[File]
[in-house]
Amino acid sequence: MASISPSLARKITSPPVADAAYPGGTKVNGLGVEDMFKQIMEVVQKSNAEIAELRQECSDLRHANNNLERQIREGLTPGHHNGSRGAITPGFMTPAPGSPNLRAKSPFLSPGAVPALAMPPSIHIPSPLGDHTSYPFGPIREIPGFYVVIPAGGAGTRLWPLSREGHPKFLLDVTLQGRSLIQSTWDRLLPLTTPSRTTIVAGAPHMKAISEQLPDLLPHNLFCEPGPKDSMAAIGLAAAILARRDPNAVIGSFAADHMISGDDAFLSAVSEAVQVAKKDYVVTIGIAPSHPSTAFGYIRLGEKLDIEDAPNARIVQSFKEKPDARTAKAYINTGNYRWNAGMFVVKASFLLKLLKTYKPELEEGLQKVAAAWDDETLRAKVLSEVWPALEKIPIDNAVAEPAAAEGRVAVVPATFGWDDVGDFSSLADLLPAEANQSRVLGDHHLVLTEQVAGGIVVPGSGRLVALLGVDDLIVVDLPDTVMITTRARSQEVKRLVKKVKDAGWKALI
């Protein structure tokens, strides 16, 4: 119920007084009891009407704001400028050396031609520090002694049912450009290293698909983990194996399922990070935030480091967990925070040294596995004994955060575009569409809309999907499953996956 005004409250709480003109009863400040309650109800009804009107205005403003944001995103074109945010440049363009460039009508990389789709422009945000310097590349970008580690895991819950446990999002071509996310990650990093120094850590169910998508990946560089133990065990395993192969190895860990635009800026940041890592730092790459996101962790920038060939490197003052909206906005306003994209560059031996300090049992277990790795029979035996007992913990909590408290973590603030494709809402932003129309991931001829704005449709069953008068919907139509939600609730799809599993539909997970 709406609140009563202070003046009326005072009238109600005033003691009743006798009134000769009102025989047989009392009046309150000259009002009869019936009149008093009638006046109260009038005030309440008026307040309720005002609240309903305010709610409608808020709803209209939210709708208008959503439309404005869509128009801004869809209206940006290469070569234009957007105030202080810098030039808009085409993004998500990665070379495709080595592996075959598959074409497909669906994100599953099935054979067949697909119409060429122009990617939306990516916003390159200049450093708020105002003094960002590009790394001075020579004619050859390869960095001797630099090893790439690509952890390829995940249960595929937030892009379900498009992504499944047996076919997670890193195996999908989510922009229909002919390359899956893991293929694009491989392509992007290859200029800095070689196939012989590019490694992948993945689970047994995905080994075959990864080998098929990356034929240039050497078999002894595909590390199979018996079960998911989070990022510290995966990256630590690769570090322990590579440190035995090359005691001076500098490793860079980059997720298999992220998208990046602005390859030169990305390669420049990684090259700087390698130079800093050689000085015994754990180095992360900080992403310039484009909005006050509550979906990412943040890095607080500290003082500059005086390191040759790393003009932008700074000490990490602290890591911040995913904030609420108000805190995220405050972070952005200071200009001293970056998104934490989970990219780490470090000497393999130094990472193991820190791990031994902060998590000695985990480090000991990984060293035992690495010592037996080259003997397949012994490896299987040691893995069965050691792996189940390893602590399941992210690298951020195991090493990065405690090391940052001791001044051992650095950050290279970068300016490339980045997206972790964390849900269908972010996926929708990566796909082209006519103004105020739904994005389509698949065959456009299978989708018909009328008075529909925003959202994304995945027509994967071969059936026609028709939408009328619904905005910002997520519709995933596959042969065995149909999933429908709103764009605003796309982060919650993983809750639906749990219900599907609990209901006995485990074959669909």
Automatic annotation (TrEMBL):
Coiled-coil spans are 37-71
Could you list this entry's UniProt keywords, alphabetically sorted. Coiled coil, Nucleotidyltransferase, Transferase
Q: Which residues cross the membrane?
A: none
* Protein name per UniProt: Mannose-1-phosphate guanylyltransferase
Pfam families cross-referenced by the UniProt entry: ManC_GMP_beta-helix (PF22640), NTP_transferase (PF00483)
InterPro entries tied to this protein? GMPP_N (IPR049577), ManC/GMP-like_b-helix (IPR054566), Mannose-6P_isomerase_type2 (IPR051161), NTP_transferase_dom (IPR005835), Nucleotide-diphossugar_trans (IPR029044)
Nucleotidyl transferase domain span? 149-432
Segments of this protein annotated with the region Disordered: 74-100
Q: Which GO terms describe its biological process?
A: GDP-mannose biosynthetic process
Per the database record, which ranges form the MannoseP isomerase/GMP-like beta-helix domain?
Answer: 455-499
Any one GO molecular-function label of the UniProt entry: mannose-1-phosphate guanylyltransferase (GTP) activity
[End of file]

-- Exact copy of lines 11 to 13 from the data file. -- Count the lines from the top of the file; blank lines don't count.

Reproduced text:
InterPro entries tied to this protein? GMPP_N (IPR049577), ManC/GMP-like_b-helix (IPR054566), Mannose-6P_isomerase_type2 (IPR051161), NTP_transferase_dom (IPR005835), Nucleotide-diphossugar_trans (IPR029044)
Nucleotidyl transferase domain span? 149-432
Segments of this protein annotated with the region Disordered: 74-100